God wants His children to live in harmony with one another because that is the only way His purpose can be accomplished. If our purpose is to love God and bring Him glory, can we do that if we are divided and arguing? No. In fact, God makes it clear that our love — which grows as we grow in unity — reveals our purpose to everyone:

If you have love for one another, then everyone will know that you are my disciples. (John 13:35, GNT)

This verse always amazes me. It is not our Bible knowledge that shows we are disciples of Jesus. Or the number of Bible studies or church meetings we attend. It is not the good works we do or the causes we support. What communicates our devotion to Jesus is the love we show others, especially other followers of Jesus. Sometimes that love is most evident when we return evil or sin with a blessing. When we do what is right rather than retaliating. When we pursue peace with someone who has offended or sinned against us. When we share our lives and pursue a common purpose. When we choose far more life!

Sisters,
Do you tend to repay evil with evil or with a blessing?
When have you found far more life by choosing to do what is right?
Do you have a relationship that is not at peace? Is your door open and inviting the other person to peace?
How are you living in unity with other followers of Jesus?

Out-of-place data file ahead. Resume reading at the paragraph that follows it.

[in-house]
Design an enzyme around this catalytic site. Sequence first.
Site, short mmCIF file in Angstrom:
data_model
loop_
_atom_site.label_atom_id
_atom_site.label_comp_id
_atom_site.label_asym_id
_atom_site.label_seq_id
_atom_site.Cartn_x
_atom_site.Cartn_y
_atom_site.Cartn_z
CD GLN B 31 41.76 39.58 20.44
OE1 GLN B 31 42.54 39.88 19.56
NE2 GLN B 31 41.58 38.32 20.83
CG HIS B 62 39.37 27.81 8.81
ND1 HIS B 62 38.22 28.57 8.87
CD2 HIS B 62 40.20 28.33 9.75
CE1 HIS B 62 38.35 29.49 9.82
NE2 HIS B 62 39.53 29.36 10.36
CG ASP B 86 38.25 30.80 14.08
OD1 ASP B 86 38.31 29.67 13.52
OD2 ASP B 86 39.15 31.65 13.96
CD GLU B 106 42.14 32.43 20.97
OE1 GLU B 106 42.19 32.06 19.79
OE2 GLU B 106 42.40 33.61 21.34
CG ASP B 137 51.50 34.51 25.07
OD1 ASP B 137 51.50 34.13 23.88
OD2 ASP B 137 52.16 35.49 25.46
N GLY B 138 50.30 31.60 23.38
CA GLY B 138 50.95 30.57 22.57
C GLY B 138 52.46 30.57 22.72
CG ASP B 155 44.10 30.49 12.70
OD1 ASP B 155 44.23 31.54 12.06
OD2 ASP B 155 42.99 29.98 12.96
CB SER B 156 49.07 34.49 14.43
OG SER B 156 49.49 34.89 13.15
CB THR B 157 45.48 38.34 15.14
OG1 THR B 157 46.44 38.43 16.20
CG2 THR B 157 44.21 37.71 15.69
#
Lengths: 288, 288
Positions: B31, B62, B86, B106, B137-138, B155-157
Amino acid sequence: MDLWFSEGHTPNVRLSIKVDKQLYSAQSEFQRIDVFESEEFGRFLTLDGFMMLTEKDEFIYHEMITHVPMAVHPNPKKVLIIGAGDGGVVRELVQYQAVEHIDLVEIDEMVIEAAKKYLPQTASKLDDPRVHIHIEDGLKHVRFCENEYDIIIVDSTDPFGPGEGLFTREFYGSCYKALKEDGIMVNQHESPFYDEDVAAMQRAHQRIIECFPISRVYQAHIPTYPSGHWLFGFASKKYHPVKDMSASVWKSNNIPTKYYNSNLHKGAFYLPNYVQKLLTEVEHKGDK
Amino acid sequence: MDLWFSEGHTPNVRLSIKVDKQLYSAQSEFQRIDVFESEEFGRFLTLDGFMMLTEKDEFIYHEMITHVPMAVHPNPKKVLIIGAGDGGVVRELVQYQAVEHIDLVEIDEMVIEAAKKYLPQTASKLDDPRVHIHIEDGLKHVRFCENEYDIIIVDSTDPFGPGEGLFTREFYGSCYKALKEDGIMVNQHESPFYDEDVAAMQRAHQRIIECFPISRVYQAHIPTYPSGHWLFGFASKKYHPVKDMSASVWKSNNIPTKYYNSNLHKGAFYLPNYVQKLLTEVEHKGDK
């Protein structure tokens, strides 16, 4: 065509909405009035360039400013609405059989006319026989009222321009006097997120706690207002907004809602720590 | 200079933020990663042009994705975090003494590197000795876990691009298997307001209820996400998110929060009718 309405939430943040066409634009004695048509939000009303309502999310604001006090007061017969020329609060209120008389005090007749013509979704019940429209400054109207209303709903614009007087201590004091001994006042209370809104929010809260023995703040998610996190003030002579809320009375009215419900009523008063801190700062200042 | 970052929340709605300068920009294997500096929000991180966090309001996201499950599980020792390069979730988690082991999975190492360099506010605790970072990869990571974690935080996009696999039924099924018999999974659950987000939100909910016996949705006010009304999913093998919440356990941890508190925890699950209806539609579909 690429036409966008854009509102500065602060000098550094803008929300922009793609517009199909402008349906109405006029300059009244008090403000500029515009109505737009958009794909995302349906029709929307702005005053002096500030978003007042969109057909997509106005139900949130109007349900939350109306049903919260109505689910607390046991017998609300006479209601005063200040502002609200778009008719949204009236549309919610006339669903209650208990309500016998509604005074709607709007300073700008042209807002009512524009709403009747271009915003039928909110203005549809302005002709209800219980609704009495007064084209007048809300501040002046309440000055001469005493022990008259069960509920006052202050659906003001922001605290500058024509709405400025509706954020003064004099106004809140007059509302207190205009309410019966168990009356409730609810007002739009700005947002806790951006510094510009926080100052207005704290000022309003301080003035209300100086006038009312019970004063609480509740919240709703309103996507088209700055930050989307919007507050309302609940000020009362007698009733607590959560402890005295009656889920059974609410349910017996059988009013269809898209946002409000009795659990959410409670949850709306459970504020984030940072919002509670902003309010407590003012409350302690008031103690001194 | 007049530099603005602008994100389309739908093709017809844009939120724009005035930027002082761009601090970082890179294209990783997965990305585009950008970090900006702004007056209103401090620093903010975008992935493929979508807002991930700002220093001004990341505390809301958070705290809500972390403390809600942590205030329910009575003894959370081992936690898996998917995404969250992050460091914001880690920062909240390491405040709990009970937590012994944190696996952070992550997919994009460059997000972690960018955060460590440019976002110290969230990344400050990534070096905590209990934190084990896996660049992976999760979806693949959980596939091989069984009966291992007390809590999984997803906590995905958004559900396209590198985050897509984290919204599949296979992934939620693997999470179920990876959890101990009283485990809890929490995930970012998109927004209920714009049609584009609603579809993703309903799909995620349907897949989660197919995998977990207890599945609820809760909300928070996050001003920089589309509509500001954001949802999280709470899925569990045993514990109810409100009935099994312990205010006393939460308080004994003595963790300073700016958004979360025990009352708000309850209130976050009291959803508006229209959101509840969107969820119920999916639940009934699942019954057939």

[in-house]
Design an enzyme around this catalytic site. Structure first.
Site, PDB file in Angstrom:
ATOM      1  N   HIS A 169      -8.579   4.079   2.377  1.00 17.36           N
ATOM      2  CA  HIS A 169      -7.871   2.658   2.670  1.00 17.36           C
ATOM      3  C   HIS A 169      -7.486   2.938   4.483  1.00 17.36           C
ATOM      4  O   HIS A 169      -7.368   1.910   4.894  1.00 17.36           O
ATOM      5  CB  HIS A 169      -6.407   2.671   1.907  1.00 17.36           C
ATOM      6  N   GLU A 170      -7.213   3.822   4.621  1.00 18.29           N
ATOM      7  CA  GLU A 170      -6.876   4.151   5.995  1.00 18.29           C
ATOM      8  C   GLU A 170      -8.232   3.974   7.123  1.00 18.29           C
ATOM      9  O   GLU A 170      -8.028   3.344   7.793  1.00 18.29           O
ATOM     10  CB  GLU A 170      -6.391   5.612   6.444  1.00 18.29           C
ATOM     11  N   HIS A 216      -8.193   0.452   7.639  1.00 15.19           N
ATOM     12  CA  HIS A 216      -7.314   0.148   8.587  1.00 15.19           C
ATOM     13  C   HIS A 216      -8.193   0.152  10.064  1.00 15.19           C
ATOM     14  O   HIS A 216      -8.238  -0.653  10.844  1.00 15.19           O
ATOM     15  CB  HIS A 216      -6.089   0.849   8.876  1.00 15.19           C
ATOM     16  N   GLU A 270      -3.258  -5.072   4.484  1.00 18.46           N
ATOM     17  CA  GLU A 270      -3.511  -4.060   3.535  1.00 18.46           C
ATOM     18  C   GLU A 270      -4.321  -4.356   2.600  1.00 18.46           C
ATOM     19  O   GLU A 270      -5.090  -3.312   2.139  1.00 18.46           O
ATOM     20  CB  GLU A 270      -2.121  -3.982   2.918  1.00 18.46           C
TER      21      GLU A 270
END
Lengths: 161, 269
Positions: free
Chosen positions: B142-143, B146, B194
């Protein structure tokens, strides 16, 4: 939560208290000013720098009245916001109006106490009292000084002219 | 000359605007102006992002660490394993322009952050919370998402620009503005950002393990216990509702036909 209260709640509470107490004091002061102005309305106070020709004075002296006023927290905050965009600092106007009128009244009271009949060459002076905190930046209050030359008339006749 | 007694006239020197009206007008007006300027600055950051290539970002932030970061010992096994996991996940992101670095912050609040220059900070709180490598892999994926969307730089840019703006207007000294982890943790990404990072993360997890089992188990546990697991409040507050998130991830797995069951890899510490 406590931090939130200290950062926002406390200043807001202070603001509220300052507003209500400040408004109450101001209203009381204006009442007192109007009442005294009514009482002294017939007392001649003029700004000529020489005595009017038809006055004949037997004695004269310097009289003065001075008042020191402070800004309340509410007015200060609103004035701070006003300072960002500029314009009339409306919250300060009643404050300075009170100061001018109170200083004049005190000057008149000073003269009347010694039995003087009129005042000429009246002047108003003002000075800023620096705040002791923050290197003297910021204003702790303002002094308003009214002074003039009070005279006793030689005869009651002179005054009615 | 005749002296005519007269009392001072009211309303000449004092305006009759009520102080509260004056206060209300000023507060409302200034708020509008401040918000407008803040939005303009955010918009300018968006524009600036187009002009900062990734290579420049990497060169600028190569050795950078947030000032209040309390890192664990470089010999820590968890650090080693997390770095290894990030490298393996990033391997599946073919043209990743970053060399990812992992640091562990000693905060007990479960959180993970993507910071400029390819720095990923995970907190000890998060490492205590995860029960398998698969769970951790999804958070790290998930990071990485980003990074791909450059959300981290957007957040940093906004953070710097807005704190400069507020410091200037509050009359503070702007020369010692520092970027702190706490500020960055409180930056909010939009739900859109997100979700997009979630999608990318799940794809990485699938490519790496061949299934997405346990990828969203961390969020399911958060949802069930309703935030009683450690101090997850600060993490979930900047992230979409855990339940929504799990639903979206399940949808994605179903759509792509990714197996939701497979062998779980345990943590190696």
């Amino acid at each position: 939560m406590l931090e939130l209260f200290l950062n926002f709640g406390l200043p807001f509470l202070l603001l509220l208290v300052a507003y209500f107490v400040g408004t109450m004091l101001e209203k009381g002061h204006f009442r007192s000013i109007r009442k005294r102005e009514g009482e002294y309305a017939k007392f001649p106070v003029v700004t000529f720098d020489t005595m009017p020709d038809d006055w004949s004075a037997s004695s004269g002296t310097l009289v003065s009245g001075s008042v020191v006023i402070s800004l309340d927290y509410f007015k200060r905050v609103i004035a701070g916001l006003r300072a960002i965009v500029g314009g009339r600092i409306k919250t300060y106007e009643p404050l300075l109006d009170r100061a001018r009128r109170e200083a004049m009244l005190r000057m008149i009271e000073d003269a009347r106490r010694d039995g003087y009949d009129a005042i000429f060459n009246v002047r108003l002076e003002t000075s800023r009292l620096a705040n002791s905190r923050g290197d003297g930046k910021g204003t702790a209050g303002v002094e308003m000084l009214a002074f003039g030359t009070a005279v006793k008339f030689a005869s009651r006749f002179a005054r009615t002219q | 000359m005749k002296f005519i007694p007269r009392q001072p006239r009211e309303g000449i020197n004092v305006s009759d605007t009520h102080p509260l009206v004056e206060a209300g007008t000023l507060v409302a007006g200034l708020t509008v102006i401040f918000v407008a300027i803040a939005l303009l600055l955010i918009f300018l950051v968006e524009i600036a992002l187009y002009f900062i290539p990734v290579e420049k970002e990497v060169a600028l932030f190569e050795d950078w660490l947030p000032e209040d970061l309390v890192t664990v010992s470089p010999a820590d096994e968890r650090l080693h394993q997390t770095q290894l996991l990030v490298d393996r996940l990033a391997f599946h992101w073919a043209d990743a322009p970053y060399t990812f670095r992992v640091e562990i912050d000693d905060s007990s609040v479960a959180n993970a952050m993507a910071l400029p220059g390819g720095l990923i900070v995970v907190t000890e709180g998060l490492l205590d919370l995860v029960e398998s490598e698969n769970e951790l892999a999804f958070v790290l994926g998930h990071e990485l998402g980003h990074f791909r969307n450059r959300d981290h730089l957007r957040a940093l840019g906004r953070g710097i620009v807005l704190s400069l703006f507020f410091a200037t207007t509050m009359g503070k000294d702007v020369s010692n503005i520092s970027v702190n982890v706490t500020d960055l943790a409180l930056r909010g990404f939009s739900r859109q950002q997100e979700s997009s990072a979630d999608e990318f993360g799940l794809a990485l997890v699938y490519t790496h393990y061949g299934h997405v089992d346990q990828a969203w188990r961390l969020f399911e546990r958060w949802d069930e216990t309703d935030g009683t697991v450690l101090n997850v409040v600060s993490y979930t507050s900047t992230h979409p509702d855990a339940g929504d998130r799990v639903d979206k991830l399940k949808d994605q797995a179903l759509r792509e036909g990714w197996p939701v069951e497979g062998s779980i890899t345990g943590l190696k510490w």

Pray and look for opportunities to show love — and choose far more life — today!
-Shari

Copyright 2020, Shari Damaso


Forgiveness is…

As we journey through life, we encounter hurt and disappointment. What do we do with this?  Some of us give it right back, wanting to get even. Others withdraw or build walls to protect themselves. Some ignore it, hoping it will go away. Others replay it over and over in their minds, seeking to understand and learn from it. Some cover it with humor or activity to minimize the pain. Some bury it deep inside and try to forget it ever happened.

These responses may enable us to feel better temporarily, but none resolve the hurt. Sooner or later unresolved hurt becomes baggage that restricts us from experiencing far more life.

How can we unpack the hurt in a healthy way and move forward unencumbered?

 Bear with each other and forgive one another if any of you has a grievance against someone. Forgive as the Lord forgave you. (Colossians 3:13, NIV)

Forgive. As the Lord forgave you. What does God’s forgiveness look like?

“As far as the east is from the west, so far has he removed our transgressions from us.” (Psalm 103:12, NIV)

Then he adds, ‘I will no longer hold their sins and their disobedience against them.’ When sins are forgiven, there is no longer any need to sacrifice for sins.” (Hebrews 10:17-18, GW)

Who is a God like you, who pardons sin and forgives the transgression of the remnant of his inheritance? You do not stay angry forever but delight to show mercy. You will again have compassion on us; you will tread our sins underfoot and hurl all our iniquities into the depths of the sea.” (Micah 7:18-19, NASB)

God’s forgiveness removes our sin from us; we are no longer defined by that sin. God does not hold our sins against us; He doesn’t ask us to keep making up for them. After dealing with our sins, God gladly treats us with mercy and compassion; our relationship is restored.  This is the forgiveness He empowers us extend to others as well.

  • Forgiving is a choice to obey God. Since God instructs us to forgive others, He empowers us to do so. This is hard, but it is worthwhile. Lack of forgiveness keeps us hooked to the hurtful situation; obeying God brings peace and joy. God wants us to have far more life!